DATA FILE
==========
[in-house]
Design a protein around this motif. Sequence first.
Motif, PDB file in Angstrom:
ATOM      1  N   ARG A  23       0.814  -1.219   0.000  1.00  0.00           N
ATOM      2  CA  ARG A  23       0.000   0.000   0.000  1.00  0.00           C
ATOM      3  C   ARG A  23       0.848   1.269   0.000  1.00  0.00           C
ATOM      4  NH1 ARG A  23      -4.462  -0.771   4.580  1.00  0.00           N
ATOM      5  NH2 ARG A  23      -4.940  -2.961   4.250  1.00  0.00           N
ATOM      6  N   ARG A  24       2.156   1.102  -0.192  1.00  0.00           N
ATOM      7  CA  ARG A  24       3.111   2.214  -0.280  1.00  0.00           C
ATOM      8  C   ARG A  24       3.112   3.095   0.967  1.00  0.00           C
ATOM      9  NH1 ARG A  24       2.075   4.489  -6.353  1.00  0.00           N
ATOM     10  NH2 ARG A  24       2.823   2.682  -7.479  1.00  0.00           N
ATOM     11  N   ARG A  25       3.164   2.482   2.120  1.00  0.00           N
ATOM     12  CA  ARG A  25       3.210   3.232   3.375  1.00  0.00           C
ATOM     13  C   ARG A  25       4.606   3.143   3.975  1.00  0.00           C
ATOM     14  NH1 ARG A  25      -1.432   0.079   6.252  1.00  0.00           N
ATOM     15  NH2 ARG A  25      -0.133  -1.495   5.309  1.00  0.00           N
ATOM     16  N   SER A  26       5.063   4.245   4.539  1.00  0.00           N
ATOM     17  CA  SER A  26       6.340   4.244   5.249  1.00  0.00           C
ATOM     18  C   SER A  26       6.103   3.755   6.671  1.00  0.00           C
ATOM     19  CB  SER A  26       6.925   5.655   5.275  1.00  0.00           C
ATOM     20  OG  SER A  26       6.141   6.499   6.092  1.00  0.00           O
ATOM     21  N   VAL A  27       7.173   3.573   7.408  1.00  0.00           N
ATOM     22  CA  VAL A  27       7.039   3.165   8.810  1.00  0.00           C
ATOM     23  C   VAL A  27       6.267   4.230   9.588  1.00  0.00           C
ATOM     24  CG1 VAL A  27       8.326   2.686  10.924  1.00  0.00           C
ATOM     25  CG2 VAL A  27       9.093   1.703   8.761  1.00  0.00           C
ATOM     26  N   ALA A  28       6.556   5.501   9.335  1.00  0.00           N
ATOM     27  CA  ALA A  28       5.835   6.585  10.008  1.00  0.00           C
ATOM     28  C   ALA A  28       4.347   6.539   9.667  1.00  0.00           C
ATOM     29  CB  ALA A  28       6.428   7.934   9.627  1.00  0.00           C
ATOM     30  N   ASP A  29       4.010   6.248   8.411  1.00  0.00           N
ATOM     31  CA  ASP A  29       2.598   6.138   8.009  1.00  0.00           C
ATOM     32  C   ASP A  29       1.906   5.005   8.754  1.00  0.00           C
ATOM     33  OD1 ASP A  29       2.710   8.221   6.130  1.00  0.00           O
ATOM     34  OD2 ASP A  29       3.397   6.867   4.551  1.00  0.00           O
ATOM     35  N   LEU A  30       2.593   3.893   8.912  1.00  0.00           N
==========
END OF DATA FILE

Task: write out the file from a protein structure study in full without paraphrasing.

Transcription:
[in-house]
Design a protein around this motif. Sequence first.
Motif, PDB file in Angstrom:
ATOM      1  N   ARG A  23       0.814  -1.219   0.000  1.00  0.00           N
ATOM      2  CA  ARG A  23       0.000   0.000   0.000  1.00  0.00           C
ATOM      3  C   ARG A  23       0.848   1.269   0.000  1.00  0.00           C
ATOM      4  NH1 ARG A  23      -4.462  -0.771   4.580  1.00  0.00           N
ATOM      5  NH2 ARG A  23      -4.940  -2.961   4.250  1.00  0.00           N
ATOM      6  N   ARG A  24       2.156   1.102  -0.192  1.00  0.00           N
ATOM      7  CA  ARG A  24       3.111   2.214  -0.280  1.00  0.00           C
ATOM      8  C   ARG A  24       3.112   3.095   0.967  1.00  0.00           C
ATOM      9  NH1 ARG A  24       2.075   4.489  -6.353  1.00  0.00           N
ATOM     10  NH2 ARG A  24       2.823   2.682  -7.479  1.00  0.00           N
ATOM     11  N   ARG A  25       3.164   2.482   2.120  1.00  0.00           N
ATOM     12  CA  ARG A  25       3.210   3.232   3.375  1.00  0.00           C
ATOM     13  C   ARG A  25       4.606   3.143   3.975  1.00  0.00           C
ATOM     14  NH1 ARG A  25      -1.432   0.079   6.252  1.00  0.00           N
ATOM     15  NH2 ARG A  25      -0.133  -1.495   5.309  1.00  0.00           N
ATOM     16  N   SER A  26       5.063   4.245   4.539  1.00  0.00           N
ATOM     17  CA  SER A  26       6.340   4.244   5.249  1.00  0.00           C
ATOM     18  C   SER A  26       6.103   3.755   6.671  1.00  0.00           C
ATOM     19  CB  SER A  26       6.925   5.655   5.275  1.00  0.00           C
ATOM     20  OG  SER A  26       6.141   6.499   6.092  1.00  0.00           O
ATOM     21  N   VAL A  27       7.173   3.573   7.408  1.00  0.00           N
ATOM     22  CA  VAL A  27       7.039   3.165   8.810  1.00  0.00           C
ATOM     23  C   VAL A  27       6.267   4.230   9.588  1.00  0.00           C
ATOM     24  CG1 VAL A  27       8.326   2.686  10.924  1.00  0.00           C
ATOM     25  CG2 VAL A  27       9.093   1.703   8.761  1.00  0.00           C
ATOM     26  N   ALA A  28       6.556   5.501   9.335  1.00  0.00           N
ATOM     27  CA  ALA A  28       5.835   6.585  10.008  1.00  0.00           C
ATOM     28  C   ALA A  28       4.347   6.539   9.667  1.00  0.00           C
ATOM     29  CB  ALA A  28       6.428   7.934   9.627  1.00  0.00           C
ATOM     30  N   ASP A  29       4.010   6.248   8.411  1.00  0.00           N
ATOM     31  CA  ASP A  29       2.598   6.138   8.009  1.00  0.00           C
ATOM     32  C   ASP A  29       1.906   5.005   8.754  1.00  0.00           C
ATOM     33  OD1 ASP A  29       2.710   8.221   6.130  1.00  0.00           O
ATOM     34  OD2 ASP A  29       3.397   6.867   4.551  1.00  0.00           O
ATOM     35  N   LEU A  30       2.593   3.893   8.912  1.00  0.00           N